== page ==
Among the providers of research services, quotation protocols and sampling/quota management are highly automat-ed, as is survey creation and data processing. Projects increasingly use automation to enable participants to move from one aspect of a study to another without manual intervention.

Repeat tasks are being automated. For example, the fielding of Millward Brown’s Link test is now almost completely automated, saving enormous amounts of time – and subsequently money.

In some cases, automation has increased engagement. For example, in real-time tracking it has enabled the data gathering to become seamless (and painless) for the participants, leading to enhanced engagement.

Zappy Store

Automation refers to “the use of systems with minimal human intervention, reducing or eliminating unnecessary human labour activities and thus allowing people to focus on high-intelligence processes”. Automation in market research is being used for a while for single tasks only but never for the entire process. It’s ZappiStore, in collaboration with industry leaders, that for first time provides full automation services for the end-to-end research process, aiming for a more efficient and effective type of research.

Stephen Philips CEO at ZappyStore “Automation provides faster, cheaper and better solutions, promoting a better thinking of the research world with less waste on time and cost-consuming tasks”. Automation, he explains, means “more research with less budget, leading to greater impact on accessing more and more information”. Spending endless hours in the field, cleaning data, or checking tables is pretty much unnecessary when all these tasks can be done faster by a machine. Using human resources for high intelligence tasks is what is going to deliver growth. Researchers are not replaced, nor become less important but their roles are upgraded and are becoming a valuable asset for the organisation. Researchers are now free to focus on what it really matters: not “how to do things” but on “what things to do”.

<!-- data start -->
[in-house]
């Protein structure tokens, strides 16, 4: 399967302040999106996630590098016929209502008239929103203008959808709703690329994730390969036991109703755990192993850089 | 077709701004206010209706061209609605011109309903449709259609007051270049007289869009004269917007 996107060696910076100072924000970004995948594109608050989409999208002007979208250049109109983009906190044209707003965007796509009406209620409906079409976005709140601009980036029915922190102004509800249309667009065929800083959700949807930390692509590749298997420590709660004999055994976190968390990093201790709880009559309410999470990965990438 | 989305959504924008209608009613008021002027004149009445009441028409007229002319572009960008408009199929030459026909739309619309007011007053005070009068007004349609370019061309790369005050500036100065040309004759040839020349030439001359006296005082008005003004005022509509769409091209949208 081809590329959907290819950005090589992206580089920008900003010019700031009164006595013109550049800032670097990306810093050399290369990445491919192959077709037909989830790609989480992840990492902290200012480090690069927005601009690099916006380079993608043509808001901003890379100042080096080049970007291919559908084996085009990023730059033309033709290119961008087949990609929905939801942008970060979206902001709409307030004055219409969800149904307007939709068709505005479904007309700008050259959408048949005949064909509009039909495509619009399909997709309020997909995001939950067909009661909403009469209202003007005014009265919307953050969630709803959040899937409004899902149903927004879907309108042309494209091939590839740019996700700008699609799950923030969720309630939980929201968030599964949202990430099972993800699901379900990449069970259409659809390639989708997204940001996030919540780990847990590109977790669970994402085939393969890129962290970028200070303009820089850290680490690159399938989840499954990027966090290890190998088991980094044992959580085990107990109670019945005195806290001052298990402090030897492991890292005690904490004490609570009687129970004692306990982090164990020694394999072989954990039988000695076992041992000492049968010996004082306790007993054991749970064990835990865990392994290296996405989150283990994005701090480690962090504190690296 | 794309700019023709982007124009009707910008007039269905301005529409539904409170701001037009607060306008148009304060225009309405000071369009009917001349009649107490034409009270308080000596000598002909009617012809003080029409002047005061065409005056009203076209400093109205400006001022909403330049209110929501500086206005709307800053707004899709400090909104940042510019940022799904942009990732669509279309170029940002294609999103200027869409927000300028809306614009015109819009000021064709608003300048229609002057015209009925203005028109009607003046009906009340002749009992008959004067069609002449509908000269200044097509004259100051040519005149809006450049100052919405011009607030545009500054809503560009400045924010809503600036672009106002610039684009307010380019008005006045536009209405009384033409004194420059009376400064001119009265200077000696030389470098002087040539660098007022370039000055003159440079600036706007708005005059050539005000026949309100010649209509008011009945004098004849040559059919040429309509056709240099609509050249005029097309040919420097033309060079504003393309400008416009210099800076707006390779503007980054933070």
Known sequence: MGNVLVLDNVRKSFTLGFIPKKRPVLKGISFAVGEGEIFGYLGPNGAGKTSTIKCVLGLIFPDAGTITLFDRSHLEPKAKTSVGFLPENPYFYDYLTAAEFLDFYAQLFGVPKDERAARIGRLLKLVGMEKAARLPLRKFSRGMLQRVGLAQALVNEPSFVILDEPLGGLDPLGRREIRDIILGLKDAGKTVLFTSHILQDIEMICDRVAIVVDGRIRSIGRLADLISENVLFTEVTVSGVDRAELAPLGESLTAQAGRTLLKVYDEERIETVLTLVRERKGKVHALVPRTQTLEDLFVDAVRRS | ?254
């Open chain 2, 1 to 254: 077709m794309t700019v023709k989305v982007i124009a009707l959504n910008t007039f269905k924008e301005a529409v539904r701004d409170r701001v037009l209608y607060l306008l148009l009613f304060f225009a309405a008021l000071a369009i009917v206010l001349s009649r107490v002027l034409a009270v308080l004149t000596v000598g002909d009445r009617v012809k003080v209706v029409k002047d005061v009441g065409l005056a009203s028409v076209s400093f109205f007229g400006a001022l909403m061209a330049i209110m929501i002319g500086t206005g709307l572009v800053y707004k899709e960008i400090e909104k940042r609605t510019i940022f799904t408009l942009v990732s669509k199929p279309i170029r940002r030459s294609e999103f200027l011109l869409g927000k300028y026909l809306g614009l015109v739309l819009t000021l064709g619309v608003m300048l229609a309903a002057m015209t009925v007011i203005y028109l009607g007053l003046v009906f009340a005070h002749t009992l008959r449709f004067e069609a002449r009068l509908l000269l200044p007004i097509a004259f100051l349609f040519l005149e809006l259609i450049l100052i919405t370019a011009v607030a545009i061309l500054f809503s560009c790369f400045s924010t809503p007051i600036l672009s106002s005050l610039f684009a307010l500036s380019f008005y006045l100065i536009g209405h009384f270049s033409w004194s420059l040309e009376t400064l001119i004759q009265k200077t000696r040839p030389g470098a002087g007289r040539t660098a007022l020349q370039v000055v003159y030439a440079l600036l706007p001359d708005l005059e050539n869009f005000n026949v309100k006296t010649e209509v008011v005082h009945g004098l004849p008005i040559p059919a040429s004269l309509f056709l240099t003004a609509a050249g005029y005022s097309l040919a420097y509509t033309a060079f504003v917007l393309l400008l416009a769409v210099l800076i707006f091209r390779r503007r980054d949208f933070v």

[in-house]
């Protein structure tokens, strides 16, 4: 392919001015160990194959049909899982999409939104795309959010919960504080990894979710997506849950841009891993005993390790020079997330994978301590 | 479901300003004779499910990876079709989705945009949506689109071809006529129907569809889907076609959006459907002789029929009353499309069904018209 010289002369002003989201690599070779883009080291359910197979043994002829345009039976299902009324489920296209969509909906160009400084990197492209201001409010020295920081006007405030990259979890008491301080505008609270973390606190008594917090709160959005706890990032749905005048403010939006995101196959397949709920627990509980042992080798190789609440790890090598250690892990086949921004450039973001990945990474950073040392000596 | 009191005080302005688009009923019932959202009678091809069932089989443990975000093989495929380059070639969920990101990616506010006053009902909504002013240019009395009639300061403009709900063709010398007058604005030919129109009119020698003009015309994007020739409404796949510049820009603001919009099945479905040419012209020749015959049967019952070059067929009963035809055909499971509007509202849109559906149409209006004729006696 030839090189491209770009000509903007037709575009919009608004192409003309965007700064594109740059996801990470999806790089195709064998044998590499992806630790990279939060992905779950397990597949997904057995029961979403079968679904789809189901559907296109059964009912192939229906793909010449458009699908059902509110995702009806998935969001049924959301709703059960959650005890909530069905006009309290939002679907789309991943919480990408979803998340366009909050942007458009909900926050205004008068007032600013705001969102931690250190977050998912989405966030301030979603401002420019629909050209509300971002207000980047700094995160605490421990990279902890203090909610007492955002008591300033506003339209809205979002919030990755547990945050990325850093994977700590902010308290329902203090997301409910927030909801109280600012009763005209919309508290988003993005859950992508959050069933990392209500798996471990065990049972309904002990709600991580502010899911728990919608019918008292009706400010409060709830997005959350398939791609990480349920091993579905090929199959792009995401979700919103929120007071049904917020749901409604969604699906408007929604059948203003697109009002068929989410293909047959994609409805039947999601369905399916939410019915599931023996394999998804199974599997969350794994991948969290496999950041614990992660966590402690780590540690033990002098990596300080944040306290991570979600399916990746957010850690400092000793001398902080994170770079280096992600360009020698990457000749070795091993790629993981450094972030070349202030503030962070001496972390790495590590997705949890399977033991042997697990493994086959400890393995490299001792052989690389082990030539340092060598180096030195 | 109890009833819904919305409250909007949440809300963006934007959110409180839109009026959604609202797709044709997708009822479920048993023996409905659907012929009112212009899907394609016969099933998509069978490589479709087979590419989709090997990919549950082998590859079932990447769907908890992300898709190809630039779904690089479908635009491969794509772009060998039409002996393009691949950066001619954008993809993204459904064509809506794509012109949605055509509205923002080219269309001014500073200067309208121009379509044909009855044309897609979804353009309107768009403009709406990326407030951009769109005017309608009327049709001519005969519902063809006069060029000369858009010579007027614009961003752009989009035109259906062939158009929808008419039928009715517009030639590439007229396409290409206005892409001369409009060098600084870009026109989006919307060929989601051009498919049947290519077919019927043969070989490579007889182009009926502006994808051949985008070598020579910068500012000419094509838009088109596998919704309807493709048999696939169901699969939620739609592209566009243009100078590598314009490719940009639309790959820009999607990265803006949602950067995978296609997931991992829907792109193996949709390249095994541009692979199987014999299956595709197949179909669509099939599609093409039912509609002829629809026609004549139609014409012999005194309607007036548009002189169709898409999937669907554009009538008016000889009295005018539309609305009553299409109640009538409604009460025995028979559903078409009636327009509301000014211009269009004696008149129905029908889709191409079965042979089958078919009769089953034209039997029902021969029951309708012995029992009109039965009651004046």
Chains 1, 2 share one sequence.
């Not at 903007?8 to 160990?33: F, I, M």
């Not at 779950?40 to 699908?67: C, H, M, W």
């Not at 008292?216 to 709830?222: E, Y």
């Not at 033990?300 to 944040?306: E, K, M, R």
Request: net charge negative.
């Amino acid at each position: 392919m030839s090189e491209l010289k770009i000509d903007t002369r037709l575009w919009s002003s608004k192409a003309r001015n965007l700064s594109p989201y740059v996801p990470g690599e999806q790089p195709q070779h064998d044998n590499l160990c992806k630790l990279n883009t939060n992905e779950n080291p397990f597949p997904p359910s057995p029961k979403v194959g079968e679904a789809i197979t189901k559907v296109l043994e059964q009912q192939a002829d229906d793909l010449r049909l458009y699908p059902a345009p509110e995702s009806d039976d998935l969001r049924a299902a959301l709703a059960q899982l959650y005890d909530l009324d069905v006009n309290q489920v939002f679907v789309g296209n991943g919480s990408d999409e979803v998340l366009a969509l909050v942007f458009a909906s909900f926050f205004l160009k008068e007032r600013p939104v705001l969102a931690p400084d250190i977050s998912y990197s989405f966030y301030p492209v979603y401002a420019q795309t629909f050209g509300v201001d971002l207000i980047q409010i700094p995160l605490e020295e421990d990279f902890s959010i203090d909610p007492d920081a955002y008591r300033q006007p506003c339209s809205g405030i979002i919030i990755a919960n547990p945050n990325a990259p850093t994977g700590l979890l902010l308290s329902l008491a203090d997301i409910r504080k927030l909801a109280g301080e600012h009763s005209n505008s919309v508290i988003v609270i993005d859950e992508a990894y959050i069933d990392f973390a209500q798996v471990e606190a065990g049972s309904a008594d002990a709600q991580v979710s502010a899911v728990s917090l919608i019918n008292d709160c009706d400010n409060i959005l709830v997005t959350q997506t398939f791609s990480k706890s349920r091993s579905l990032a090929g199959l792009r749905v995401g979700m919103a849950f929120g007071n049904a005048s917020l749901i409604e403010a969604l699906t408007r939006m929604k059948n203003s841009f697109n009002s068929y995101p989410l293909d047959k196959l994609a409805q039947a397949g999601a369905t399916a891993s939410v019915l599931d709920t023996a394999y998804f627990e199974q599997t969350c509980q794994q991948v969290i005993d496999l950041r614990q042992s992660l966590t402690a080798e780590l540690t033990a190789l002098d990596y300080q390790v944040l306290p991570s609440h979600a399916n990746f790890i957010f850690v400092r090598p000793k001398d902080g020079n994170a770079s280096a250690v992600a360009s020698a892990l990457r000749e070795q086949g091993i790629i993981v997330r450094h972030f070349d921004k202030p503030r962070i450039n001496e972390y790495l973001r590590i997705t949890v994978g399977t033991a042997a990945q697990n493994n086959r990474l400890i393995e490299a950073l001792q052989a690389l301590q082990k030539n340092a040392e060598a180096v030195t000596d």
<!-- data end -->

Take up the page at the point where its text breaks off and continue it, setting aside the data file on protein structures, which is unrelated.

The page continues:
So what are these things that really matter? Finding the perfect design for a study does matter. Determining the framework for a neuroscience study does matter. Spending endless hours cleaning data does not matter at all, because it’s just a computational series of steps. I could list hundreds of tasks to prove my point that it’s not about processes anymore, but it’s all about objectives. It’s now a critical point for every researcher to recognise the change and to adapt, seeing automation as a collaborator and not as a threat. Similarly to automation, revolutionary trends like social media and big data have landed nicely in our lives without many adoption obstacles, establishing a new era in communications, marketing and data generation.

Resources and References

About The Author
Insight World Editor